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Monday, 18 December 1905

Mr BRUCE SMITH (PARKES, NEW SOUTH WALES) - I should like to point out to the Committee that about two years ago Lord Rosebery delivered a speech, which the Times newspaper published in a more or less condensed form, and the question arose as to whether the proprietors of the newspaper had such a copyright in the report as would enable them to prevent other persons from using it. The Court held that they had such a copyright.

Mr. CONROY(Werriwa). - No country in, the world gives lecturing rights for so long a period as forty-two years. When a copyright is given to an author, he is bound to publish his work in order to take advantage of it, and when he does that, any one who wishes to do so can secure a copy of it. But, if a lecture is copyrighted, nobodycan enjoy it except those who actually go to hear it.

Mr Reid - And those living in towns which the lecturer never visits are for ever deprived of the opportunity of hearing it.

Mr CONROY - It would not cost a lecturer more than a few pounds to print any lecture in book form, even if it were as long as one of the speeches of the honorable member for Gwydir. That being done, he could copyright the book.

Mr HUME COOK (BOURKE, VICTORIA) - In that case, he would lose his copyright in the lecture.

Mr CONROY - A lecturer's chief asset is his own personality. As the honorable and learned member for East Sydney has pointed out, the publication of even a short summary of a lecture might be construed as a breach of the provision. I do not think that lecturers should be permitted to prevent any person in the community who is willing to pay for the privilege from enjoying their compositions. Of course, w£ know that Mr. Ruskin, who was a crank, refused to allow the publication of any but the first edition of his works until towards the close of his lifetime, * with the result that his books became very expensive.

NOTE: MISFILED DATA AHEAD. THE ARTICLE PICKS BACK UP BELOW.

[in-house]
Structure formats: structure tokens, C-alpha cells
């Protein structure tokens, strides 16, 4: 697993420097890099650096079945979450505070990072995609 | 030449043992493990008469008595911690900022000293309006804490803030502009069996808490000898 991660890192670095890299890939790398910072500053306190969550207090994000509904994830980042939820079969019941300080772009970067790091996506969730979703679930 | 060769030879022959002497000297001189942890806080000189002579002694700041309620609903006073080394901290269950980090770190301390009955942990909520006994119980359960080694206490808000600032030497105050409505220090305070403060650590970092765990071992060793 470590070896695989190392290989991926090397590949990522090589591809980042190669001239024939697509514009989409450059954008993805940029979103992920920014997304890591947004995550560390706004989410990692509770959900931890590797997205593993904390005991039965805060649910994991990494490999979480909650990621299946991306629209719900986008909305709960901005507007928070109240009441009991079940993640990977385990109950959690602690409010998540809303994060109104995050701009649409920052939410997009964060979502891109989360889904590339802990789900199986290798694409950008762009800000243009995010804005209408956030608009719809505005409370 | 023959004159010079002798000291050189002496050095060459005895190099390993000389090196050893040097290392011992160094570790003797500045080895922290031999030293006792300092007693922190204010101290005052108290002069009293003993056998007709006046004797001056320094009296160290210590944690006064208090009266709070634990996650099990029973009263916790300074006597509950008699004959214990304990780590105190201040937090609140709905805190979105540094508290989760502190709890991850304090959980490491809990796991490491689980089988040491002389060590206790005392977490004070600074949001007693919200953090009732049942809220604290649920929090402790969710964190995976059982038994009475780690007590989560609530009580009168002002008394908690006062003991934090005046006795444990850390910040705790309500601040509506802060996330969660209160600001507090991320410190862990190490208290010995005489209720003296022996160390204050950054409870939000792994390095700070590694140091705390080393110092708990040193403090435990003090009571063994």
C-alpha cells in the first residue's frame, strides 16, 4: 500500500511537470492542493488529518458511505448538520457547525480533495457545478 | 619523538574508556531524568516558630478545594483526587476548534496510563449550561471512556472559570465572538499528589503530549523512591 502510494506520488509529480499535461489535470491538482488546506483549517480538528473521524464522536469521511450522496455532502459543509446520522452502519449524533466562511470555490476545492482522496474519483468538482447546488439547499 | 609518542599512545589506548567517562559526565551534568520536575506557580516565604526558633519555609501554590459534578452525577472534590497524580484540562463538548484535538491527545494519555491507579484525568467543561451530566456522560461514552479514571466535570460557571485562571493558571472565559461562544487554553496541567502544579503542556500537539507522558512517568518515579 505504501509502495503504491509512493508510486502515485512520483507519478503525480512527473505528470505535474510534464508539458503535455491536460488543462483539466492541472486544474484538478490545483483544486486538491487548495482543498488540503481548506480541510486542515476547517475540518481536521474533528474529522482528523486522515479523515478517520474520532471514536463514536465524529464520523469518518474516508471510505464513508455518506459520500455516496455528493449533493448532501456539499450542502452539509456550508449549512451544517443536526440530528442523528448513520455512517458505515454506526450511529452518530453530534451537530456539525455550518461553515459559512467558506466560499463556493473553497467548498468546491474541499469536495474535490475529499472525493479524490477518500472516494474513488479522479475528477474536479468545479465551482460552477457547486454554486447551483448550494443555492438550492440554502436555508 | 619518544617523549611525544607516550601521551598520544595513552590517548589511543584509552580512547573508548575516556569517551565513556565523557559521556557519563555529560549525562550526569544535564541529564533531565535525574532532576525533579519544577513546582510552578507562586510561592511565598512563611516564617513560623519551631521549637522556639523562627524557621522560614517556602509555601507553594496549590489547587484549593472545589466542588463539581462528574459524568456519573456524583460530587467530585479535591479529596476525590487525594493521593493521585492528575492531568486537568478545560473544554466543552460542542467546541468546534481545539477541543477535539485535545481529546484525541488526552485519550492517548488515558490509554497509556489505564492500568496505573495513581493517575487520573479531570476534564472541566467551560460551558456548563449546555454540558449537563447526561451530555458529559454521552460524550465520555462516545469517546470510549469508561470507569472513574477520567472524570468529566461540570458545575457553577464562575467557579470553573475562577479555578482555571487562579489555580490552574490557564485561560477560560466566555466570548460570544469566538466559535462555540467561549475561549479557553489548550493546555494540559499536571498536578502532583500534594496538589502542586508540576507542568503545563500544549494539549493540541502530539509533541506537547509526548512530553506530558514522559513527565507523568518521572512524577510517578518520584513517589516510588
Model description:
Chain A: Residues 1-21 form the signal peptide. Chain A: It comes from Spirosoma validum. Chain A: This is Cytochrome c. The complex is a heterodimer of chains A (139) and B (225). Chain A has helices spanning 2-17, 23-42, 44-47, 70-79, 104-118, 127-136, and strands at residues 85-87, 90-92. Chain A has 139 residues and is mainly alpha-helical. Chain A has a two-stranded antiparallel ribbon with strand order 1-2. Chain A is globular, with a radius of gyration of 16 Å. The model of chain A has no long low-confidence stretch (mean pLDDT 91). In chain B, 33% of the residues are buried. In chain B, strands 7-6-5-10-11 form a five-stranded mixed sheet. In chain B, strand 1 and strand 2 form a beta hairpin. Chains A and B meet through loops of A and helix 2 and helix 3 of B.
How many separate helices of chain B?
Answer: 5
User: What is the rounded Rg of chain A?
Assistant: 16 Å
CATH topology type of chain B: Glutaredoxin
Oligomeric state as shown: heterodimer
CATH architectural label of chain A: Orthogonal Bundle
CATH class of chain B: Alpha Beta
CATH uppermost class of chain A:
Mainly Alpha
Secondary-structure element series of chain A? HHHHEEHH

Mr HUME COOK (BOURKE, VICTORIA) - There are not many cases like his.

Mr CONROY - No. While I do not value his criticism, I think very highly of the beautiful English of his writings, and the fine descriptions which they contain. I know something about political economy, and laugh at his criticisms on that subject ; and I am told that those who know something about art laugh at his art criticisms. Apparently those who know nothing about art, think his art criticisms very good, and those who know nothing about political economy, think his works on that subject very valuable. I think, however, that the man who enjoys the protection of the copyright law should not prevent the public from enjoying his works, and if a lecturer is to have his lecture rights protected for forty-two years, he should not be able to prevent the public from reading reports' of his lectures.

Mr BRUCE SMITH (PARKES, NEW SOUTH WALES) - I suppose the honorable and learned member would give a lecturer a copyright in the oral deliverance of his lecture.

Mr CONROY - Yes; but not in the lecture itself, unless he cared to publish it. He could get it printed in the form in which he delivered it at an expense of £2, and would then be absolutely safeguarded. Moreover, he would be able to bring his lecture under the notice of people who had not had the advantage of hearing it.

Mr BRUCE SMITH (PARKES, NEW SOUTH WALES) - A very good lecture might be given by a man with a poor delivery, and a lecturer with a good delivery might take it up and make it much more attractive.

Mr CONROY - Exactly. We are being asked to giveabnormal powers to a lecturer, and I think that it is proposed to go too far. Notice should be given in connexion with every lecture, instead of only at the beginning of a series of lectures. One lecture might be delivered to-day, and others at intervals of a month, and the notice might fade from the public recollection before the series was completed. I move -

That sub-clause 3 be left out.

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